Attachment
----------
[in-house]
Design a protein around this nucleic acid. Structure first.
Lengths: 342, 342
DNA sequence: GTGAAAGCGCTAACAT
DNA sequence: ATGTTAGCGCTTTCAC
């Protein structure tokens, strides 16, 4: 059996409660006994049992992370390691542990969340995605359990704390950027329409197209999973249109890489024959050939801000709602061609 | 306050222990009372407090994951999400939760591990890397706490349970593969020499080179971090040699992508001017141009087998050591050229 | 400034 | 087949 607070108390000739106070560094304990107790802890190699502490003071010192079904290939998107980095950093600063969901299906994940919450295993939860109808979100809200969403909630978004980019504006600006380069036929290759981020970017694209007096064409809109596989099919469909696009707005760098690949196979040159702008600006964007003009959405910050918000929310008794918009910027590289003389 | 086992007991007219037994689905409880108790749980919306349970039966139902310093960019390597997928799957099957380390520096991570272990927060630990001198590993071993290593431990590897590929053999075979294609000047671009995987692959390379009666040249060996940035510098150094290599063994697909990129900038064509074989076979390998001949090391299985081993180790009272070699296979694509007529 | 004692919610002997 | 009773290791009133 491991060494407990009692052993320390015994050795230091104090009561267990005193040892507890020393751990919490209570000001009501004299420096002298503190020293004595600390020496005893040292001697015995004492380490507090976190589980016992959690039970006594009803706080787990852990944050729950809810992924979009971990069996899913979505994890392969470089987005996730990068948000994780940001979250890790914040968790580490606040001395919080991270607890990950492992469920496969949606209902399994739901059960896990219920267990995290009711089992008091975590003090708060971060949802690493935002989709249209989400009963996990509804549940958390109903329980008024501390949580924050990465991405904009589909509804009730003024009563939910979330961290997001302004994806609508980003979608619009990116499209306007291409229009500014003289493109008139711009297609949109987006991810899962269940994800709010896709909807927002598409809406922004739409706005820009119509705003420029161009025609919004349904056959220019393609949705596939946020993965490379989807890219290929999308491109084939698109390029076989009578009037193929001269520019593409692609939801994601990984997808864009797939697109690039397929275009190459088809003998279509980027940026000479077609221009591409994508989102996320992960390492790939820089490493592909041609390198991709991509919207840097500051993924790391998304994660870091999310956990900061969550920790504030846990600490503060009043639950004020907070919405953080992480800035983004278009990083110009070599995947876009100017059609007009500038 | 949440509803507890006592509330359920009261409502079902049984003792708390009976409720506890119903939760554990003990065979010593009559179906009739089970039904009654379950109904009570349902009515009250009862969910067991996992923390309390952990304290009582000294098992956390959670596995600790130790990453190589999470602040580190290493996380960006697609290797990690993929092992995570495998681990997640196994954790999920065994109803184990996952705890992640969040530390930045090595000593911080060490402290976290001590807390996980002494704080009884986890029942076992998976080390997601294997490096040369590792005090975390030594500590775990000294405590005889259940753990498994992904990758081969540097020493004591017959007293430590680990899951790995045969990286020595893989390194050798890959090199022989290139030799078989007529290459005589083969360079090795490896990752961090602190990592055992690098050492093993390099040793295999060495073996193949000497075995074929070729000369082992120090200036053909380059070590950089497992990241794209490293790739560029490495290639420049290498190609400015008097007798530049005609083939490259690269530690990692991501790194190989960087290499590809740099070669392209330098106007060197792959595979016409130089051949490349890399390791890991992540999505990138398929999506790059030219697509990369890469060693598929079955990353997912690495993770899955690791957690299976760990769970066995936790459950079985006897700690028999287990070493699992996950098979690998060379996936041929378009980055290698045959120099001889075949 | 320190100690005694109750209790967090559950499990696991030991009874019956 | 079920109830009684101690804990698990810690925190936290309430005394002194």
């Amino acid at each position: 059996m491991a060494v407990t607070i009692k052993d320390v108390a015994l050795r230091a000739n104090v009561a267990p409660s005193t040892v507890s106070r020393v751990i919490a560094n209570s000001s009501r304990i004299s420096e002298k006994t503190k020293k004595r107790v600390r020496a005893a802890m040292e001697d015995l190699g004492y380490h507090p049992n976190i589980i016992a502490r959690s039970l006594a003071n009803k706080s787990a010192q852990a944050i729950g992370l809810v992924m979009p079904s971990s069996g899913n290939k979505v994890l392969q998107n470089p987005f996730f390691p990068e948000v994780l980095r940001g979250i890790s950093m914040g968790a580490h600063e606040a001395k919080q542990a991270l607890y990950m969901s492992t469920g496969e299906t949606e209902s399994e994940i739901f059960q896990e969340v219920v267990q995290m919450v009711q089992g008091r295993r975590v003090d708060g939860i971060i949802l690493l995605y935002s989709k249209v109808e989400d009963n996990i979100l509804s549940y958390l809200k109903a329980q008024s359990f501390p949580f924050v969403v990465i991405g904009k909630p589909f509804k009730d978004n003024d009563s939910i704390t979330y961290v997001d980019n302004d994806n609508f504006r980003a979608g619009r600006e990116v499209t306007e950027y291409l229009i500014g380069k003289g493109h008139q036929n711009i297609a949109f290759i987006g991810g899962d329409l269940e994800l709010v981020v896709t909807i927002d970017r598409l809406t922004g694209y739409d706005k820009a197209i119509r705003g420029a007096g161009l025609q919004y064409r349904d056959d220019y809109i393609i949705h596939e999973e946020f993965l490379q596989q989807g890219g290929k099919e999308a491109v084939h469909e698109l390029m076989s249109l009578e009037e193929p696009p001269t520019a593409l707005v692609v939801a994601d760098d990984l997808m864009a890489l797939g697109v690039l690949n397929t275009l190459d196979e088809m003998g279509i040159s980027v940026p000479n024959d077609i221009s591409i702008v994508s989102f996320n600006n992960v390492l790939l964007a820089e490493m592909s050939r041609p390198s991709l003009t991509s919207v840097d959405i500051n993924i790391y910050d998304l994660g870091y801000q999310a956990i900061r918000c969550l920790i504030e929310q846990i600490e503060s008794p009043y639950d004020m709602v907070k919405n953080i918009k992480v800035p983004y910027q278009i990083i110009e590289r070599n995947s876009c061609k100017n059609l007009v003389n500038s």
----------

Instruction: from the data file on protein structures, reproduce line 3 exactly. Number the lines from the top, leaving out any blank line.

Lengths: 342, 342